Still apologizing after coming up short on anniversary
Carolyn Hax advises “Doghouse Blues,” whose girlfriend was disappointed after not receiving an anniversary present.
DEAR CAROLYN: My girlfriend and I celebrated our two-year anniversary last weekend. She spent several hundred dollars on a gift for me, which I really appreciate.
I did not give her a gift because, as a new homeowner, I am somewhat strapped for cash. When I realized her disappointment, I apologized for being an idiot and promised to make it up to her when I am more financially stable.
She countered that if I could take two trips for bachelor parties this summer, I had no excuse not to set money aside for her as well.
Though I started out apologetic, now I’m angry that she is (I feel) telling me how to allocate my money. I also feel pressure to keep apologizing, which I’m tired of doing. What do you think?
– Doghouse Blues
DEAR DOGHOUSE BLUES: Then stop apologizing, and tell her the truth: Which is ...
• That you find her materialistic and demanding, with multi-hundred-dollar expectations of which you want no part?
• That you were just thinking of your own fun and failed to project what she’d want? Maybe you’ve said this already; if you have, then that’s a complete sentence (in the punitive sense). It enables you to say, if you’re pressured to apologize again, “I said I was sorry, and meant it. It bothers me that you seem unsatisfied by that.”
• That you didn’t equate these one-time-only, bachelor-party trips with buying things, because you value experiences with people over material gifts? If that’s true, then you either offer an example of such experiences with her, ones that pass a laugh test, or you acknowledge that you haven’t made similar efforts for her. Follow the latter by figuring out whether you value her but have taken her for granted, or simply don’t value her as you do your buddies. Then admit this in a way that doesn’t come as a throat punch.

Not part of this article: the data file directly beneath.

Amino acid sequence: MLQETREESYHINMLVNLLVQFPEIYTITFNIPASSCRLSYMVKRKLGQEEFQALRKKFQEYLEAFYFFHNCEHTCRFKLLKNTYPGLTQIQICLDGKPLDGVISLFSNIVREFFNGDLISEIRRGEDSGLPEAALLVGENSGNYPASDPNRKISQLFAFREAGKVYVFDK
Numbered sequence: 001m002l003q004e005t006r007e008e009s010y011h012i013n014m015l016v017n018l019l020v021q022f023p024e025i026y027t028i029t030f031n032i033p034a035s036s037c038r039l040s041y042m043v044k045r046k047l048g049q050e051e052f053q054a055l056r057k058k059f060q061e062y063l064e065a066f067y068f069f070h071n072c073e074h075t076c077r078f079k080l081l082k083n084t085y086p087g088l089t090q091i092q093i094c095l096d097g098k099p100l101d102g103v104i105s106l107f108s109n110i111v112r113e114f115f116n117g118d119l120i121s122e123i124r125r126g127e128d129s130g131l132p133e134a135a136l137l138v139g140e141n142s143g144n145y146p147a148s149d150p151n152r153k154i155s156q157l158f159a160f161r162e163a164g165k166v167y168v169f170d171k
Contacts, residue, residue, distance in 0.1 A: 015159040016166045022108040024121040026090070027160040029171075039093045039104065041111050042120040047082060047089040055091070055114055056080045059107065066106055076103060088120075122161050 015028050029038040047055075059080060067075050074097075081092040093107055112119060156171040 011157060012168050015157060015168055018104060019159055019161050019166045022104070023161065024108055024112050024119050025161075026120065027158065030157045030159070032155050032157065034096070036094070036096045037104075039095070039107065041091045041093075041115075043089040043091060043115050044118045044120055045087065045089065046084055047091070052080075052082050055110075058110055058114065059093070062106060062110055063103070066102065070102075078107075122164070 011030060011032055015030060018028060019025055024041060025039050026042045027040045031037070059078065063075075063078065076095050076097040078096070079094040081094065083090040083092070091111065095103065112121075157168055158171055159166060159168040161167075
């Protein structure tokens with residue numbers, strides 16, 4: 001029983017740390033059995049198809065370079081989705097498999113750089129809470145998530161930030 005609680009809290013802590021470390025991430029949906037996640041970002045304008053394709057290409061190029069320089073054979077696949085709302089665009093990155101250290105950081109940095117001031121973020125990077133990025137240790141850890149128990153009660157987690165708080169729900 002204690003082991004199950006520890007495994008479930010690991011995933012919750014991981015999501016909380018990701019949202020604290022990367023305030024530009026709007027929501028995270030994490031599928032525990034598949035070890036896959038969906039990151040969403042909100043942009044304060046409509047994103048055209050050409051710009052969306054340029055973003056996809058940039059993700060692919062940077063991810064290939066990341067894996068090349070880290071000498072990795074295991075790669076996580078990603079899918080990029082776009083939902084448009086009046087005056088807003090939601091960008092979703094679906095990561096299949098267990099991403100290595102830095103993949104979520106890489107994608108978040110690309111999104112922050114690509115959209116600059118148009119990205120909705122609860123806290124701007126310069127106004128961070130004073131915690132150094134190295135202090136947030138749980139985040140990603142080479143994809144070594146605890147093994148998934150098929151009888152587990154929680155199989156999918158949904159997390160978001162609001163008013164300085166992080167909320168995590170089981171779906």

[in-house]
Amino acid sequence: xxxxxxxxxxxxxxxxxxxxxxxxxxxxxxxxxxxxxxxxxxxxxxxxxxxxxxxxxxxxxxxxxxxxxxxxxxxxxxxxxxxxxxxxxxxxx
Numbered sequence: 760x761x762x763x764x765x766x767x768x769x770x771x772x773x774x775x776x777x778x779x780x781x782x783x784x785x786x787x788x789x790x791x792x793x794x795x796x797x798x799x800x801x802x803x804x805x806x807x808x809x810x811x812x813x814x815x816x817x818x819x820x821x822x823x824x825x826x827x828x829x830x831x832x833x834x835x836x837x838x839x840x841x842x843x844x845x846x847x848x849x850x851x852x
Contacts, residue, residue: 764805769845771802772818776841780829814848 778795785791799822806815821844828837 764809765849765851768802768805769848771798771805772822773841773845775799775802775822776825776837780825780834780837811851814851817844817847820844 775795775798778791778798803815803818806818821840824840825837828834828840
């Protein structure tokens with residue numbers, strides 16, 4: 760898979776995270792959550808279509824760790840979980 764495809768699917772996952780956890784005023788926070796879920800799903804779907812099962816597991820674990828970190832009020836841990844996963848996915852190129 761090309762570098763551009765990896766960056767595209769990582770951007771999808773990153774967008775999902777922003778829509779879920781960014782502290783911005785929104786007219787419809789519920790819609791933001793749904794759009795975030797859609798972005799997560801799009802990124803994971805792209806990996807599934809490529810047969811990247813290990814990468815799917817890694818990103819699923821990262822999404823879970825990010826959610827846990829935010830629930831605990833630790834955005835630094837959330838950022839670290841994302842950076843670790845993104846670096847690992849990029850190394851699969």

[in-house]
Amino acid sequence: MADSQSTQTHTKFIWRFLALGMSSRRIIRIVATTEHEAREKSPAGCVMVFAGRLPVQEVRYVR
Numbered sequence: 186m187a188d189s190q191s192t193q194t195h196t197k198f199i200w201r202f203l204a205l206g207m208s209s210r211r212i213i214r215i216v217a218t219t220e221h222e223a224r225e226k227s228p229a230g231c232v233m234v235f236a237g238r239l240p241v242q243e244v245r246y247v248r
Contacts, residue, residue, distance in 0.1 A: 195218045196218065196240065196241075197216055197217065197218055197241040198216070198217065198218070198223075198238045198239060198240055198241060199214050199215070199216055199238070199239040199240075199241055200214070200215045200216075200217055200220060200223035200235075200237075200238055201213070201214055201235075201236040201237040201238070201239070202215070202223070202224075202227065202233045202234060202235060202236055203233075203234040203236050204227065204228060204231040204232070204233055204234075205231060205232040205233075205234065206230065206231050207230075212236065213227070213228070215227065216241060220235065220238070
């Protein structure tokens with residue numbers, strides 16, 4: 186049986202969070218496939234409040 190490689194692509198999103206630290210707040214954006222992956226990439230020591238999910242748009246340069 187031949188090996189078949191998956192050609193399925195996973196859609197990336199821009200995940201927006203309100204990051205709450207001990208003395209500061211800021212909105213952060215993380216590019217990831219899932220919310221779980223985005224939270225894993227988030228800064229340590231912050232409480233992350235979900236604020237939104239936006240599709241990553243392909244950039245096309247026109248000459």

I should say, before I continue with my flow chart — none of these is intended as an accusation. Everyone values some people above others. It’s what you do with this that can create problems. It isn’t OK to stay in a relationship, for example, with someone you value less than you value partying with your buddies.
Back to truth candidates, including ...
• That you think anniversaries are manufactured milestones? If that’s the case, then you pledge either to mark them henceforth because they matter to her and she matters to you, maybe while letting her know the kind of attention you like best from her ... or, if you balk at that, you float the idea of your showing affection your way as she shows it in hers. Which is something you say ONLY (yes I’m shouting) if you actually show affection your way. No declaring yourself “too spontaneous” for gifts and then buying gas-station flowers exactly once a decade while refueling the Porsche she gave you.
I could go on (oh, can I), but by now I expect you have a pretty good idea what actually broke down here.
So — was it an oops you learned from, or is it an epiphany in progress? Your understanding yourself will help you communicate accurately, which tends to be the first step toward getting past something — be it past an ill-fitting relationship or past an episode of hard-way learning a deux.